Bog enroute to Rough Tor
Bog enroute to Rough Tor (West Dart)

The experience was sadly short lived. The visibility improved and the military hut atop Rough Tor (West Dart) appeared on the horizon. From this point on, the panoramas opened out and the day turned into a delight.

Rough Tor (West Dart)
Rough Tor (West Dart)
Rough Tor (West Dart)
Rough Tor (West Dart)

Sitting here on Rough Tor, tucking into my sandwiches and quaffing a hot flask of coffee, I contemplated venturing further north to bag Flat Tor. 

But then I noticed a semblance of a linear route appearing on my map, from Okehampton to Postbridge. Made up of other unvisited outcrops; Great Kneeset, Little Kneeset, Flat, Little Whiten and Arch Tors, paired with some of the significant hills, it looked to be an interesting route. I've done a bit more investigation into this and found that if I continued in the same vein, on to Cator, Rowden, Wind, Blackslade Rock, Scobitor, Buckland Beacon and Welstor Rock, I have a trans dartmoor adventure between Ashburton and Okehampton for the Summer. I'll have the route up on Social Hiking soon.

View from Rough Tor (West Dart)
View from Rough Tor (West Dart)
Rough Tor (West Dart)
Rough Tor (West Dart)

Back to the walk. following the succession of firing range poles was the best way to go south to Crow Tor. I must admit I had hardly noticed this high lump of granite before, but once seen, it is difficult to ignore.

Enroute to Crow Tor
Enroute to Crow Tor
Firing Range
Following the firing range poles to Crow Tor

When it is reached, it is a beauty to behold. I immediately warmed to it. It is a lone tower easily scaled to its top, commanding great views of the likes of the West Dart Valley, Wistmans Wood, Beardown Tors to name a few.

Crow Tor
Crow Tor
Crow Tor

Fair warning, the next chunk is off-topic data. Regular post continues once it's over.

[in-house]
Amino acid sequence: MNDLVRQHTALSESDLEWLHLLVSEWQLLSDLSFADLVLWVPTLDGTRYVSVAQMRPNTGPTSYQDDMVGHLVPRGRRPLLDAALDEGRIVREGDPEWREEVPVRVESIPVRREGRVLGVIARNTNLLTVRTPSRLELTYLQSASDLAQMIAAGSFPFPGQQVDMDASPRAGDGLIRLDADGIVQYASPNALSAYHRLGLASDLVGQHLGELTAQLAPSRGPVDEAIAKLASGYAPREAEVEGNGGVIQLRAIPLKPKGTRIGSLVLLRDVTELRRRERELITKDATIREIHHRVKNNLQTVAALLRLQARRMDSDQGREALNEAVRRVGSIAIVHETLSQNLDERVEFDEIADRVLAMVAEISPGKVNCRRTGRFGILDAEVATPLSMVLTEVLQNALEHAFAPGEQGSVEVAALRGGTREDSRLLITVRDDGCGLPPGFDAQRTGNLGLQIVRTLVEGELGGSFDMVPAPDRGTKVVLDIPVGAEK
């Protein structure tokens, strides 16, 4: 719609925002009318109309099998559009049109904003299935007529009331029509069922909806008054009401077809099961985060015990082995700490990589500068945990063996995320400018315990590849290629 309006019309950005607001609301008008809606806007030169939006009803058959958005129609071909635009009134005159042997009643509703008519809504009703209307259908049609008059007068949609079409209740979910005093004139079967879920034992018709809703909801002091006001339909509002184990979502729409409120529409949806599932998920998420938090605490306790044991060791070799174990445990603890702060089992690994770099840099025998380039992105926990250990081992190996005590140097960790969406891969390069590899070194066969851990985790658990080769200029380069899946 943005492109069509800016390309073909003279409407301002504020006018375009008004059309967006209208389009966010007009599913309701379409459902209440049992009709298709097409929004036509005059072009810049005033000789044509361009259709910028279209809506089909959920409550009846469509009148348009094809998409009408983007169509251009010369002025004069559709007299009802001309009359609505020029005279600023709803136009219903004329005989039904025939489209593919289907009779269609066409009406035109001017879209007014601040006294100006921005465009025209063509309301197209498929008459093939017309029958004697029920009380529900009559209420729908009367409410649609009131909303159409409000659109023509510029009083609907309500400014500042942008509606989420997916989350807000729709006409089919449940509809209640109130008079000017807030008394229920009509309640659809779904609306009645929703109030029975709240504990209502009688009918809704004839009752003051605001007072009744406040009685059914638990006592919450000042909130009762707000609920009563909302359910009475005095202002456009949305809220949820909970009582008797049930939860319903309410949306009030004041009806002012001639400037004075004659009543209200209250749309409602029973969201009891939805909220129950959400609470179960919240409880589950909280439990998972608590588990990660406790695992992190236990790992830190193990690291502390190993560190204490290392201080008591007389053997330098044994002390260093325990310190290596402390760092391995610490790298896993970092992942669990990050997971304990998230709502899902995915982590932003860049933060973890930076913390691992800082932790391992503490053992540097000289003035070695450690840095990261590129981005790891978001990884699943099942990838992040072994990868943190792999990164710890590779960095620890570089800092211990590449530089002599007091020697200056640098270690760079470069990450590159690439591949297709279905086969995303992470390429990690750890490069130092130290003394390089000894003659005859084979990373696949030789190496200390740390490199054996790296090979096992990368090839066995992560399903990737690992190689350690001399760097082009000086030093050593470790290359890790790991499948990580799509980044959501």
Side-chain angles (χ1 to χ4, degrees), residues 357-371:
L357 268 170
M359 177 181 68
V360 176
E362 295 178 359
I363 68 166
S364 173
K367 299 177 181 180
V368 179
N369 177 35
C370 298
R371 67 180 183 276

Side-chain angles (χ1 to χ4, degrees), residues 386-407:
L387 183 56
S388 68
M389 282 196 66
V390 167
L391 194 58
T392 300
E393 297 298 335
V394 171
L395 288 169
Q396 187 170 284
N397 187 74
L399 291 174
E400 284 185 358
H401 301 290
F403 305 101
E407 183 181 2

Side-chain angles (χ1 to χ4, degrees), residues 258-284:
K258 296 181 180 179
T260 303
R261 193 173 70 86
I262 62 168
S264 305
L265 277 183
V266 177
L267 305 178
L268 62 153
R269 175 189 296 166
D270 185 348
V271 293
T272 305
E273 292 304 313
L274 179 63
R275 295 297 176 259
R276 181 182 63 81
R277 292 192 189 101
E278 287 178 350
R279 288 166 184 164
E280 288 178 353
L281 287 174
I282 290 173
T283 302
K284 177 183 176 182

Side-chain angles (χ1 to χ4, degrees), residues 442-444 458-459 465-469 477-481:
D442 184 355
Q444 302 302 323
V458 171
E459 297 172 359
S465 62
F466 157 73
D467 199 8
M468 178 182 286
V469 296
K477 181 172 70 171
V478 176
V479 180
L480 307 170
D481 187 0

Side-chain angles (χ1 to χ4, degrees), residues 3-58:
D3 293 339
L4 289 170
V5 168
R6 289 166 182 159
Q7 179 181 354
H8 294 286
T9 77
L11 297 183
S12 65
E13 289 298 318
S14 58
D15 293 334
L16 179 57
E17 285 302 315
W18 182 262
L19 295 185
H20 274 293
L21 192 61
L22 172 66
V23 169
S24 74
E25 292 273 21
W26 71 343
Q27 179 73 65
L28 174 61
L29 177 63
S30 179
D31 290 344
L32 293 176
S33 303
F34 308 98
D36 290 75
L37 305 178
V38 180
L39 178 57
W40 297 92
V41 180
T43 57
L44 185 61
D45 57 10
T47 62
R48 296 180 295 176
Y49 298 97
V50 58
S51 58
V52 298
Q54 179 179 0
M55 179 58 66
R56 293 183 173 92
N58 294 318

Crow Tor
Crow Tor
Crow Tor

Visiting Little Crow Tor proved to be more difficult than it really should be. I wasn't looking for a tor so close, believing the outcrops I passed were a part of Crow. Reading the directions in Ken Ringwood's book; "It is immediately to the S of Crow Tor.." and using the coordinates on Social Hiking that were, in fact, an error, I headed on down the hill in search.

View from Crow Tor
Little Crow Tor (although I didn't realise at the time!)

I passed through a wall, confidence of a find diminishing, but when I reached the Social Hiking coordinates, and got the notification through on my phone, I realised something was amiss. Plenty of rocks strewn about this field north of the West Dart, but no tor that matched the photograph taken by Ken!

Wall near Little Crow Tor
Wall near Little Crow Tor

I wandered west, along the banks of a stream feeding the West Dart, but no joy. A less scrupulous Tor Bagger might accept the notification and move on, but not me. I finally checked Ken's grid reference, plotted it into my Memory Map app, and began to climb again. As I approached, his photo location appeared. Mystery solved! For the record, Little Crow Tor is not South of Crow, it's East.

Little Crow Tor
Little Crow Tor

View from Little Crow Tor
View from Little Crow Tor
I sat down, and finished off my coffee and sandwiches. I figured it took so long to get here, I may as well enjoy it!

Little Crow Tor
Little Crow Tor